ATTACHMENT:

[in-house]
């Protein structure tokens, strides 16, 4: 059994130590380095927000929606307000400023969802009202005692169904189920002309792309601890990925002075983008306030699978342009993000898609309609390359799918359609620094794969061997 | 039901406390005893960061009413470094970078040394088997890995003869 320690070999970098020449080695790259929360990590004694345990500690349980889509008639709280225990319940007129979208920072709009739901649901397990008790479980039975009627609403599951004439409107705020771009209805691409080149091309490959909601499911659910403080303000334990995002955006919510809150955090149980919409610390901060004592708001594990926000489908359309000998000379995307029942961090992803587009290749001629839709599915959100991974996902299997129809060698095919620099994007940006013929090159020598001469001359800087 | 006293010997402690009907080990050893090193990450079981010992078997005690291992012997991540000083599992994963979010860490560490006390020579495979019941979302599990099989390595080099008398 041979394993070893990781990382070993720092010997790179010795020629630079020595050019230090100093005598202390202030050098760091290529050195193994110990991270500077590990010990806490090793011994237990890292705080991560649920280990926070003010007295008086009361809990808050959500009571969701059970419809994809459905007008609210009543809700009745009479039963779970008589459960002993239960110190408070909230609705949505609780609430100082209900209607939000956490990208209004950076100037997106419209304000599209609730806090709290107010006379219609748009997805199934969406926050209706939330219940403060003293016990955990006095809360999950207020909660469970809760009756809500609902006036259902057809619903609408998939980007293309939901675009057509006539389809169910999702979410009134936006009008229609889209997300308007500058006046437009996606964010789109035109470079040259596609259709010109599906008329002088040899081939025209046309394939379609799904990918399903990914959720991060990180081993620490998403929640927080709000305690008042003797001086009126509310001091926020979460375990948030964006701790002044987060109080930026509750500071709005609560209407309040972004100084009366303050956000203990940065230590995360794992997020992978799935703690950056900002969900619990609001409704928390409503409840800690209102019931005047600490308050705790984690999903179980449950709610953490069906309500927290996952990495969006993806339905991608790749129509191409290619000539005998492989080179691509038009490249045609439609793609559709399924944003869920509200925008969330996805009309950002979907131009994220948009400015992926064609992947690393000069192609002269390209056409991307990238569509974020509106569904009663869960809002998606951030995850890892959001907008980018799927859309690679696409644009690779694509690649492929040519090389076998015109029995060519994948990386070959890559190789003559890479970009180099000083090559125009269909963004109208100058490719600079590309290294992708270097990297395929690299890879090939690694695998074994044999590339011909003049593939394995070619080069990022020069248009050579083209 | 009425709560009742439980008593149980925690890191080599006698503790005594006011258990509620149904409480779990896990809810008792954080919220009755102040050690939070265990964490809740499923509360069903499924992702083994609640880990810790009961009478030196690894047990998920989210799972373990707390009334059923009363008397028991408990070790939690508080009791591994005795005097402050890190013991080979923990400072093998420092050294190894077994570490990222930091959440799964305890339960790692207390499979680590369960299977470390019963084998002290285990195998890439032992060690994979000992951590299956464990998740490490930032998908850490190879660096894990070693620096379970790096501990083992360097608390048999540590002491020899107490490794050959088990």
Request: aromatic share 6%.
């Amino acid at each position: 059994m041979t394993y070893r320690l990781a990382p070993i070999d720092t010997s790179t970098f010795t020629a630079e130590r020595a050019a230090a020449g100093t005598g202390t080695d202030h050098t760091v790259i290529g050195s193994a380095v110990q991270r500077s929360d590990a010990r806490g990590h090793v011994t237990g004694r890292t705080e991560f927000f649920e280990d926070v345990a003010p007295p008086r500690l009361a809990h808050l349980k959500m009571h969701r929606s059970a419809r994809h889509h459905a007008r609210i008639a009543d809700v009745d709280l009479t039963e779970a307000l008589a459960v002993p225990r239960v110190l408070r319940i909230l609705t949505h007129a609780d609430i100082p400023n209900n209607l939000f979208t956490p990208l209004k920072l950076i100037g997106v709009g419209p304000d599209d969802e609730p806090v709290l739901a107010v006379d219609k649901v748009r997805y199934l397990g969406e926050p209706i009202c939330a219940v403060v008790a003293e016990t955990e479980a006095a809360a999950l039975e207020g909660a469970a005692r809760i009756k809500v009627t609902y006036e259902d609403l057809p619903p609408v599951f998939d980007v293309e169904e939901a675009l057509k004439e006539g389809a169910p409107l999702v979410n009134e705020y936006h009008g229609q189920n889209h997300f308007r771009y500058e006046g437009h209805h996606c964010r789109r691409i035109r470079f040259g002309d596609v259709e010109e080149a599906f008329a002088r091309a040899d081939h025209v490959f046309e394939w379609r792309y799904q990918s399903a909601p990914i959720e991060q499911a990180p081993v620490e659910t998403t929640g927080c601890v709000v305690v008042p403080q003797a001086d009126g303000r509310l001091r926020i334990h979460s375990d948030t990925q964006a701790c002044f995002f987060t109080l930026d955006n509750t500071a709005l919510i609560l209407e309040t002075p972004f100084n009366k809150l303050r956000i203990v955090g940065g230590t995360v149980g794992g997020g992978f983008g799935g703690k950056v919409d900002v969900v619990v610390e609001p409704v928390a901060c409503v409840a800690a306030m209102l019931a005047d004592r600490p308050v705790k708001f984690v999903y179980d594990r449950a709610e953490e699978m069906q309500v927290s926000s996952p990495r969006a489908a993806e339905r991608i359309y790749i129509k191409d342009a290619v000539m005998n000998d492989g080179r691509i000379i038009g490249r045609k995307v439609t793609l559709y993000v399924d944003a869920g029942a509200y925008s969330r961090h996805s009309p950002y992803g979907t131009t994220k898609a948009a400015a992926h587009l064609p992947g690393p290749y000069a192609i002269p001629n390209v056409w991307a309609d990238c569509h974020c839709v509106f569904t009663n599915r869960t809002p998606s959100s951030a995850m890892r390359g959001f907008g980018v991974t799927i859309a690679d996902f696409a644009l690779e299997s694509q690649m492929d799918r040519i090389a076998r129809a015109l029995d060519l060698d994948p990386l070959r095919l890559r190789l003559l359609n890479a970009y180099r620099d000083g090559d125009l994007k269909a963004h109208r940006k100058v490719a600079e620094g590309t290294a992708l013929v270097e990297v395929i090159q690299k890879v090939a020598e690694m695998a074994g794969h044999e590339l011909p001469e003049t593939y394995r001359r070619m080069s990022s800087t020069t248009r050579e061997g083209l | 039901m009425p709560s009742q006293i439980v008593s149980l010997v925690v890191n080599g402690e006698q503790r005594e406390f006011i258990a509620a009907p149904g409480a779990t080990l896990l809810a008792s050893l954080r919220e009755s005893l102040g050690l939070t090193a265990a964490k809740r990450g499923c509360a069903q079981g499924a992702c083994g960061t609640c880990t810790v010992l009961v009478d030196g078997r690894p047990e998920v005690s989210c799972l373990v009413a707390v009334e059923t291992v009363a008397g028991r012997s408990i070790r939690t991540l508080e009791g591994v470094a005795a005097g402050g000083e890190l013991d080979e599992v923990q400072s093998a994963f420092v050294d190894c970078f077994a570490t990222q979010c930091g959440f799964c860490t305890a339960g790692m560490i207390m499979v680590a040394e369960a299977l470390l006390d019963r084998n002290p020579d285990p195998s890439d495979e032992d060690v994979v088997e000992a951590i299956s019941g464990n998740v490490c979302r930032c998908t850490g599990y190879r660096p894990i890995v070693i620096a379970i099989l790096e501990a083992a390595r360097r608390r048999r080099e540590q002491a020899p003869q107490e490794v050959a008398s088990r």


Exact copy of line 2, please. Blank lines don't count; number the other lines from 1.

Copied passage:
């Protein structure tokens, strides 16, 4: 059994130590380095927000929606307000400023969802009202005692169904189920002309792309601890990925002075983008306030699978342009993000898609309609390359799918359609620094794969061997 | 039901406390005893960061009413470094970078040394088997890995003869 320690070999970098020449080695790259929360990590004694345990500690349980889509008639709280225990319940007129979208920072709009739901649901397990008790479980039975009627609403599951004439409107705020771009209805691409080149091309490959909601499911659910403080303000334990995002955006919510809150955090149980919409610390901060004592708001594990926000489908359309000998000379995307029942961090992803587009290749001629839709599915959100991974996902299997129809060698095919620099994007940006013929090159020598001469001359800087 | 006293010997402690009907080990050893090193990450079981010992078997005690291992012997991540000083599992994963979010860490560490006390020579495979019941979302599990099989390595080099008398 041979394993070893990781990382070993720092010997790179010795020629630079020595050019230090100093005598202390202030050098760091290529050195193994110990991270500077590990010990806490090793011994237990890292705080991560649920280990926070003010007295008086009361809990808050959500009571969701059970419809994809459905007008609210009543809700009745009479039963779970008589459960002993239960110190408070909230609705949505609780609430100082209900209607939000956490990208209004950076100037997106419209304000599209609730806090709290107010006379219609748009997805199934969406926050209706939330219940403060003293016990955990006095809360999950207020909660469970809760009756809500609902006036259902057809619903609408998939980007293309939901675009057509006539389809169910999702979410009134936006009008229609889209997300308007500058006046437009996606964010789109035109470079040259596609259709010109599906008329002088040899081939025209046309394939379609799904990918399903990914959720991060990180081993620490998403929640927080709000305690008042003797001086009126509310001091926020979460375990948030964006701790002044987060109080930026509750500071709005609560209407309040972004100084009366303050956000203990940065230590995360794992997020992978799935703690950056900002969900619990609001409704928390409503409840800690209102019931005047600490308050705790984690999903179980449950709610953490069906309500927290996952990495969006993806339905991608790749129509191409290619000539005998492989080179691509038009490249045609439609793609559709399924944003869920509200925008969330996805009309950002979907131009994220948009400015992926064609992947690393000069192609002269390209056409991307990238569509974020509106569904009663869960809002998606951030995850890892959001907008980018799927859309690679696409644009690779694509690649492929040519090389076998015109029995060519994948990386070959890559190789003559890479970009180099000083090559125009269909963004109208100058490719600079590309290294992708270097990297395929690299890879090939690694695998074994044999590339011909003049593939394995070619080069990022020069248009050579083209 | 009425709560009742439980008593149980925690890191080599006698503790005594006011258990509620149904409480779990896990809810008792954080919220009755102040050690939070265990964490809740499923509360069903499924992702083994609640880990810790009961009478030196690894047990998920989210799972373990707390009334059923009363008397028991408990070790939690508080009791591994005795005097402050890190013991080979923990400072093998420092050294190894077994570490990222930091959440799964305890339960790692207390499979680590369960299977470390019963084998002290285990195998890439032992060690994979000992951590299956464990998740490490930032998908850490190879660096894990070693620096379970790096501990083992360097608390048999540590002491020899107490490794050959088990």